From out of the shattered ruins of a life, which may be any given
person’s life, speaks, from time to time, a triumphant voice which
is every person’s life, which is Every-man. The wilely Odysseus
escapes the clutches of Cyclops, Polyphemus, by playing the role of
No-man. Each of us wanders somewhere between No-man and Every-man.
We find the heroic at either extreme of this spectrum of Noman and
Everyman. But in the middle ground of the battlefield, the “No-
man’s Land”, we frequently encounter only what we see as failures
and disappointments and poor decisions. But then, “No-Man’s Lands”
are always dramatized by us as a place for inching along, our faces
in the mud, with a hail of bullets just above our heads. The
triumphant voice within these ruined lives we lead exhorts us to
continue in the face of every adversity and to never give up hope.
In the monastery of my youth, a portion of the Psalms was recited
each night in Church, in a low, solemn voice. The hundred and fifty
Psalms were read through completely each week in this fashion. I
would always pause and take notice of that verse which says, “I have
become like an owl in a ruined house” in Psalm 102:
3 For my days have vanished like smoke, and my bones have been
parched like a stick.
4 I am blighted like grass, and my heart is dried up; for I have
forgotten to eat my bread.
5 By reason of the voice of my groaning, my bones has cleaved to my
6 I have become like a pelican of the wilderness;
7 I have become like an owl in a ruined house. I have watched, and
have become as a sparrow dwelling alone on a roof.
8 All the day long my enemies have reproached me; and they that
praised me have sworn against me.
9 For I have eaten ashes as it were bread, and mingled my drink with
10 because of Your anger and Your wrath; for You have lifted me up,
and dashed me down.
11 My days have declined like a shadow; and I am withered like grass.
The symbolism of birds is popular. America is symbolized by the
proud, fierce eagle. The Holy Spirit is symbolized by a gentle
dove. It is the early bird which gets the worm. The criminal world
speaks of “stool pigeons.” Hunters used to use decoy pigeons fixed to
posts (stools) to lure their quarry. The term was later adopted to
describe people who helped the police by luring criminals into police
traps. It later came to mean anyone who helped the police by
informing on others.
Odysseus disguises himself as “No-Man” to escape accusation through
anonymity. When Cyclop’s companions hear his groans and asked “Who
is it that has harmed you?” Cyclops answered, “No-man has harmed
me!” Cyclop’s companions, falling into the linguistic trap which
Odysseus had set, assumed that no person at all had harmed Cyclops.
Noman = Outis = “no man” or “no one” in Greek. When the other
Cyclopes say, “Is some man is rustling your flocks” and “If no man is
hurting you” (9.404, 9.409), they use another Greek form of the
negative, m tis, which means “no one” or “no man.” This word sounds
very much like another Greek word–mtis–which means “cunning
intelligence,” and which forms part of Odysseus’s usual epithet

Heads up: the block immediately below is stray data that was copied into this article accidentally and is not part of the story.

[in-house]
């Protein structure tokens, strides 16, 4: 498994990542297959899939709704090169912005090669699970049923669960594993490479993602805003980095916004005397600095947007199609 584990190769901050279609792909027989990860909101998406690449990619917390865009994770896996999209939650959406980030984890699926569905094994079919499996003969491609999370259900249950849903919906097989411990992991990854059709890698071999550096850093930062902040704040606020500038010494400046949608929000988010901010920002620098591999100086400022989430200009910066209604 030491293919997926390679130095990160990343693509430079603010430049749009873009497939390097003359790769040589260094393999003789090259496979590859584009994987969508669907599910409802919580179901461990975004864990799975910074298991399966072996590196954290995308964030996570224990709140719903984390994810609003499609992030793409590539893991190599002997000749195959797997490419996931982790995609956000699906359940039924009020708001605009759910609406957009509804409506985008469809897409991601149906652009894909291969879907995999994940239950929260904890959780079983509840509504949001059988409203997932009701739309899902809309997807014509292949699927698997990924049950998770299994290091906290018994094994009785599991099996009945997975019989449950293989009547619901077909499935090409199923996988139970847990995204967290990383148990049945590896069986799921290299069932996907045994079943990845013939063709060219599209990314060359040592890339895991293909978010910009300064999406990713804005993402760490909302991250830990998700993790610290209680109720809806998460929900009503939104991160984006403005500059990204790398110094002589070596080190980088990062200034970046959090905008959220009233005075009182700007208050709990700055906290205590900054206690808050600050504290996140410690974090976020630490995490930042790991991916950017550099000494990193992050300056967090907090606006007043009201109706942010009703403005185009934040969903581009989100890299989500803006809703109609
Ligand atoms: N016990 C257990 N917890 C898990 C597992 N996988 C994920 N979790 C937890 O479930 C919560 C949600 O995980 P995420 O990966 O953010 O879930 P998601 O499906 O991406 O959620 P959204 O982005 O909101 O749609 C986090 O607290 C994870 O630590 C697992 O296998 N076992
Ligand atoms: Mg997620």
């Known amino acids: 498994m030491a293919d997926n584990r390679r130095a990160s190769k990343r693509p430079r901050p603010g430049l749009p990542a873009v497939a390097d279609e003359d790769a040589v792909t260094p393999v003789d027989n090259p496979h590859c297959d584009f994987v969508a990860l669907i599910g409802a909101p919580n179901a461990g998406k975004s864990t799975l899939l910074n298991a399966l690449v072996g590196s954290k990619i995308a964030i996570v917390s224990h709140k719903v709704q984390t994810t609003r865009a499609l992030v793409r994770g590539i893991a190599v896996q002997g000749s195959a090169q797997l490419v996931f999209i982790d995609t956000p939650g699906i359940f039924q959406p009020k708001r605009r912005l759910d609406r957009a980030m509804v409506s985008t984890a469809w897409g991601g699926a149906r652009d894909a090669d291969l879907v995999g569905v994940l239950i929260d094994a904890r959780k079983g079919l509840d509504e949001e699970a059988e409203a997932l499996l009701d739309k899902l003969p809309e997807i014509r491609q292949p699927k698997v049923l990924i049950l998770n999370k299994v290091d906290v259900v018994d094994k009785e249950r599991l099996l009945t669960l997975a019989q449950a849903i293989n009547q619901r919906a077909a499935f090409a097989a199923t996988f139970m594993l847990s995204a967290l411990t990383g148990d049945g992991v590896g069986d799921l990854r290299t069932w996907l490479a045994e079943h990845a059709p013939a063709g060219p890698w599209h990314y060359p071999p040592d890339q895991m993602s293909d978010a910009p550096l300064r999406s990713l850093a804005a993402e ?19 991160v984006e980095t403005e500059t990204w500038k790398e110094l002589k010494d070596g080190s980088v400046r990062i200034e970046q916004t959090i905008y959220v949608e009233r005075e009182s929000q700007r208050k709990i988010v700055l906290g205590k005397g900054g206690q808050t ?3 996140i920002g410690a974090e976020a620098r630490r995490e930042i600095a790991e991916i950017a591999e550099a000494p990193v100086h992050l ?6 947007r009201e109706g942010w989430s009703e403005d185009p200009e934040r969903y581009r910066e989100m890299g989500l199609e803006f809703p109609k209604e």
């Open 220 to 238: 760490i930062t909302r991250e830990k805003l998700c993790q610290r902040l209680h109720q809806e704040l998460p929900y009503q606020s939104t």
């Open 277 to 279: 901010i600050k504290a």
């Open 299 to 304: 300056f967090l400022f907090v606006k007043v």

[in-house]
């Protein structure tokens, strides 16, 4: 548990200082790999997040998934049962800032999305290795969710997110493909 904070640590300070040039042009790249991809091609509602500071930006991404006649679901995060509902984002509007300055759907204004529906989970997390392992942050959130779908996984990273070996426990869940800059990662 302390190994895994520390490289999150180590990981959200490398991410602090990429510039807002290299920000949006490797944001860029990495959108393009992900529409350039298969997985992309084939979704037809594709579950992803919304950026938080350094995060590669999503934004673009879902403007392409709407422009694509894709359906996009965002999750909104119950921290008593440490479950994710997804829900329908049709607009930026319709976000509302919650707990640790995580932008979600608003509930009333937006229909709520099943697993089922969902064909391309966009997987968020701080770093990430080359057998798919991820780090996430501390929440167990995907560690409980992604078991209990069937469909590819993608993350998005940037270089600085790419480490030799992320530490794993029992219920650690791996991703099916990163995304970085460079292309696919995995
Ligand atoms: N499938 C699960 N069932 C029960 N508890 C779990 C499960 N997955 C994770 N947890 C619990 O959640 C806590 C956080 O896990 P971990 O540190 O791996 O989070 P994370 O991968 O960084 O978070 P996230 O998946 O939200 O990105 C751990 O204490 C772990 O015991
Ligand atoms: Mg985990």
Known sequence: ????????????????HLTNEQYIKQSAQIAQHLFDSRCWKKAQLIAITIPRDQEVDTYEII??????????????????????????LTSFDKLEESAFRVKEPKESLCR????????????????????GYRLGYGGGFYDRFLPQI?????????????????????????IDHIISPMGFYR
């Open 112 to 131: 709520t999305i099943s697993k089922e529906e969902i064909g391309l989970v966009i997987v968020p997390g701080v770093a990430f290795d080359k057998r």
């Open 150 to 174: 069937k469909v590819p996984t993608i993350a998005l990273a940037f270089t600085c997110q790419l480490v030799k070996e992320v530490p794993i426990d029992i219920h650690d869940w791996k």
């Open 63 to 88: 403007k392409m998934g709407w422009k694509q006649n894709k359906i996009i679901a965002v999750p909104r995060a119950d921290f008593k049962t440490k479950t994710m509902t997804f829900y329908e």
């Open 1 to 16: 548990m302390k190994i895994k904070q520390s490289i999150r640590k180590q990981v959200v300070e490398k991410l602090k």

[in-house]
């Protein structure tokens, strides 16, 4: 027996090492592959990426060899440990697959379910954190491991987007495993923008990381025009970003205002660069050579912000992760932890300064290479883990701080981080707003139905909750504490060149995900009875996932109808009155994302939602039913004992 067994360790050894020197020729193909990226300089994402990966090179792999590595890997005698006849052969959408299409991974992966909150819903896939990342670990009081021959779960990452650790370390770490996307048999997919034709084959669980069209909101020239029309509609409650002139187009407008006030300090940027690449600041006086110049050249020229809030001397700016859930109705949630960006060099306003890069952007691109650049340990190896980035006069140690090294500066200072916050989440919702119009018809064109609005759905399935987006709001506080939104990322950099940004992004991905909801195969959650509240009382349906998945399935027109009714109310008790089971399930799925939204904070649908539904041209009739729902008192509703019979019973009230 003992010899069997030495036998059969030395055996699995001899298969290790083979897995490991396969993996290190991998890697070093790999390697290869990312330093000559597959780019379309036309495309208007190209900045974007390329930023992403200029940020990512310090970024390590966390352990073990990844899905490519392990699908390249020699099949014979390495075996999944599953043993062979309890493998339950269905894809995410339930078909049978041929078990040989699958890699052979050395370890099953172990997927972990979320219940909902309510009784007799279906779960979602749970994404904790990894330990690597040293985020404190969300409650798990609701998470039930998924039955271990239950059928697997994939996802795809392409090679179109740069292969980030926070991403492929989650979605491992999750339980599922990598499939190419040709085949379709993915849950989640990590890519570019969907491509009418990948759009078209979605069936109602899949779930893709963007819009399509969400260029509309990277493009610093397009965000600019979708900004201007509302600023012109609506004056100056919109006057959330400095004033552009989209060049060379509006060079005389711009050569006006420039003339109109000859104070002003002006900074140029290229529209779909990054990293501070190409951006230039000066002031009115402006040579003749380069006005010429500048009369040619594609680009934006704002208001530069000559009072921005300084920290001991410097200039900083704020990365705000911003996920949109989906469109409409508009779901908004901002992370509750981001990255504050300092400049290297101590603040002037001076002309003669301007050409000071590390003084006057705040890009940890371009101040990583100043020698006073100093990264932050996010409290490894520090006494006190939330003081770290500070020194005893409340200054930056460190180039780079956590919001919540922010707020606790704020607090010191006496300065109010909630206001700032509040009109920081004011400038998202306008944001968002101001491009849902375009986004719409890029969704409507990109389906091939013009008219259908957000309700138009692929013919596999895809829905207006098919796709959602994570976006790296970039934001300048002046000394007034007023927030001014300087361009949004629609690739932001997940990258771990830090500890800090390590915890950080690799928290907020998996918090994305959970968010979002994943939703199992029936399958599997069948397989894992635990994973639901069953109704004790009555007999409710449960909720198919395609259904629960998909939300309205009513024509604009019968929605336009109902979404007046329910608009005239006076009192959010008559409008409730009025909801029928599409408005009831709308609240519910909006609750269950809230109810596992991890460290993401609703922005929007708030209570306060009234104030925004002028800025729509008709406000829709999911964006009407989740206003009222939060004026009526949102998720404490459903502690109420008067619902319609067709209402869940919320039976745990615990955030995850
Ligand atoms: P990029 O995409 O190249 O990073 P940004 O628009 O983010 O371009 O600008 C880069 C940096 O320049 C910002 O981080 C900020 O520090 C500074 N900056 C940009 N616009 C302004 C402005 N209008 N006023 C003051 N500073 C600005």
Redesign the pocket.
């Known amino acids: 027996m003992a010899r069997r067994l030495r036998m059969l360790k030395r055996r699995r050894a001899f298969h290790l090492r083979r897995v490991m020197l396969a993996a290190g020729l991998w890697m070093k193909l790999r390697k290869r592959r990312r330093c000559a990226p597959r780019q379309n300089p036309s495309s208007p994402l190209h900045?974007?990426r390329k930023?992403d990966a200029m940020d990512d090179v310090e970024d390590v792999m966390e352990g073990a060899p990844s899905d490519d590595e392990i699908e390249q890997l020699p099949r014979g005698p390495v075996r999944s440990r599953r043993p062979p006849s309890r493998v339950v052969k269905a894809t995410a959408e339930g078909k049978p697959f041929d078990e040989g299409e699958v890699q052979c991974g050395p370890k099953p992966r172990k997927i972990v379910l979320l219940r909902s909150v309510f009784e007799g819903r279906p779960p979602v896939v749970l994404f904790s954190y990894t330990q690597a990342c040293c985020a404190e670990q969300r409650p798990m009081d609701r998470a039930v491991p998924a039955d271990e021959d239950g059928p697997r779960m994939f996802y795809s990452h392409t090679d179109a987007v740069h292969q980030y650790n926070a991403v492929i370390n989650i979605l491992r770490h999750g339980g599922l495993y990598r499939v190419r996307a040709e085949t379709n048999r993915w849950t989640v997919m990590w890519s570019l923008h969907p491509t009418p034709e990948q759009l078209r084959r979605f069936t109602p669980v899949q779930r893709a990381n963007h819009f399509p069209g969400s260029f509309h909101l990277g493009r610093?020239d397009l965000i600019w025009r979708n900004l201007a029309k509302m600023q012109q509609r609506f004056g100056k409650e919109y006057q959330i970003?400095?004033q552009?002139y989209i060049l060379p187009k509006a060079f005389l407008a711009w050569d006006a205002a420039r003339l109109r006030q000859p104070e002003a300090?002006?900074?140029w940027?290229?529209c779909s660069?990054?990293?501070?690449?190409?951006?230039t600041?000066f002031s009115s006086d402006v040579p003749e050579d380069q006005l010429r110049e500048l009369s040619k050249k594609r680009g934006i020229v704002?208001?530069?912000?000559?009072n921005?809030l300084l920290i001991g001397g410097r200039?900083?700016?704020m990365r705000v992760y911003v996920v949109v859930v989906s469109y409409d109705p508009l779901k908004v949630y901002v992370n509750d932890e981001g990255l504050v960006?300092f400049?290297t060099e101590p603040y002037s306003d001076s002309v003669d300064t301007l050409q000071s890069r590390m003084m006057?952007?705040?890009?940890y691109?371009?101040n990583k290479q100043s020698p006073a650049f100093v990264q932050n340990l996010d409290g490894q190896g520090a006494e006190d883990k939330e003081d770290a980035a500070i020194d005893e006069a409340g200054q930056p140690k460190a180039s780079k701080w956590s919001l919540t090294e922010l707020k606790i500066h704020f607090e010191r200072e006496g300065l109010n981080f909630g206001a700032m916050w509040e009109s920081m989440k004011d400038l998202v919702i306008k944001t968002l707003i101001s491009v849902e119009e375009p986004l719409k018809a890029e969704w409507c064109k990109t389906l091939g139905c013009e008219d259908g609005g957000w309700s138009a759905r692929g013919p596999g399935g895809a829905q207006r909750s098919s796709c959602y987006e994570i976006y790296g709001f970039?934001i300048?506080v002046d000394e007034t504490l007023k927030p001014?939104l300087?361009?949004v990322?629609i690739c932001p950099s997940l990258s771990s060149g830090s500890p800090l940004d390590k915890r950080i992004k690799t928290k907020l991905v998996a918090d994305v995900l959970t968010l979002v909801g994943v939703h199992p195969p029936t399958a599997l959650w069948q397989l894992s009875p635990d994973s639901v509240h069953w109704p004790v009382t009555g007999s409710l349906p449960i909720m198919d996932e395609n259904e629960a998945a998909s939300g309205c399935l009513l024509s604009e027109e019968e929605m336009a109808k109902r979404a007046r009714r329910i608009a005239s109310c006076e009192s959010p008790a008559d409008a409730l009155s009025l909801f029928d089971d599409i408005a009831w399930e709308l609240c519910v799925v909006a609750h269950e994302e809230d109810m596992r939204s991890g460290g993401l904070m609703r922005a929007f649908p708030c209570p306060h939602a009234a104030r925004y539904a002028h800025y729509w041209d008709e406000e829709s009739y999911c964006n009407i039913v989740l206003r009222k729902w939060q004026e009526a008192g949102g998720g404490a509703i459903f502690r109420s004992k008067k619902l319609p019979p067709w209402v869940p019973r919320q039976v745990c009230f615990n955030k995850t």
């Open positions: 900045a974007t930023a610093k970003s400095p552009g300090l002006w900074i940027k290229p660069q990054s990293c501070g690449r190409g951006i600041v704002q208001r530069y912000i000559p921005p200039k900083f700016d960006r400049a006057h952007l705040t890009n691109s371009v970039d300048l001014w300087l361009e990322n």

polymtis, or “much cunning intelligence.” Odysseus himself makes the
pun at 9.411-12, which might be more literally translated as: “my
heart within laughed / at how my name and faultless cunning [mtis]
had fooled him.” (9.402) Polyphemus –In Greek, “much telling”
or “much fame”in other words, a braggart.
But once Odysseus’s ship has reached the center of the harbor, with
freedom and safety just barely in his reach, Odysseus cannot resist
the temptation to confess his true identity and his deed of blinding
Polyphemus. The Cyclopes, enraged by the realization of the manner
in which they have been deceived, cast great stones at his ship,
almost sinking it.
The Holy Spirit is a stool pigeon in a way, a bird which decoys us
into confession and capture. Apostle Paul wrote, “All have sinned and
fallen short of the glory of God” (Romans 3:23).
Each of us is a ruined house. Each of us pays the penalty of death.
Is it not curious how Christ resembles an Odysseus as a No-Man who
These strange words echo somewhere in the depths of my being, and I
listen and write them down.
I often feel overwhelmed by the ruin of my own life.
Just at this moment, I struggle to remember a name and a poem. It is
gone from my mind. All I can remember is “the old poet of the city”
and “Alexandria.” Lawrence Durrell wrote of him in “The Alexandrian
Quartet.” I search on these shattered fragments of memory, and
there is the name, “Cavafy.” Only search engines and technology make
such recollection possible.
And here is the poem of Cavafy that I seek:
You said, “I will go to another land, I will go to another sea.
Another city will be found, a better one than this.
Every effort of mine is a condemnation of fate;
and my heart is — like a corpse — buried.
How long will my mind remain in this wasteland.
Wherever I turn my eyes, wherever I may look
I see black ruins of my life here,
where I spent so many years destroying and wasting.”
You will find no new lands, you will find no other seas.
The city will follow you. You will roam the same
streets. And you will age in the same neighborhoods;
and you will grow gray in these same houses.
Always you will arrive in this city. Do not hope for any other –
There is no ship for you, there is no road.
As you have destroyed your life here
in this little corner, you have ruinded it in the entire world.
I am reminded of the line from the song, “Hotel California:”
“You can check out any time you like. But you can never leave.”
Someone once conjectured that “checking out” refers to suicide.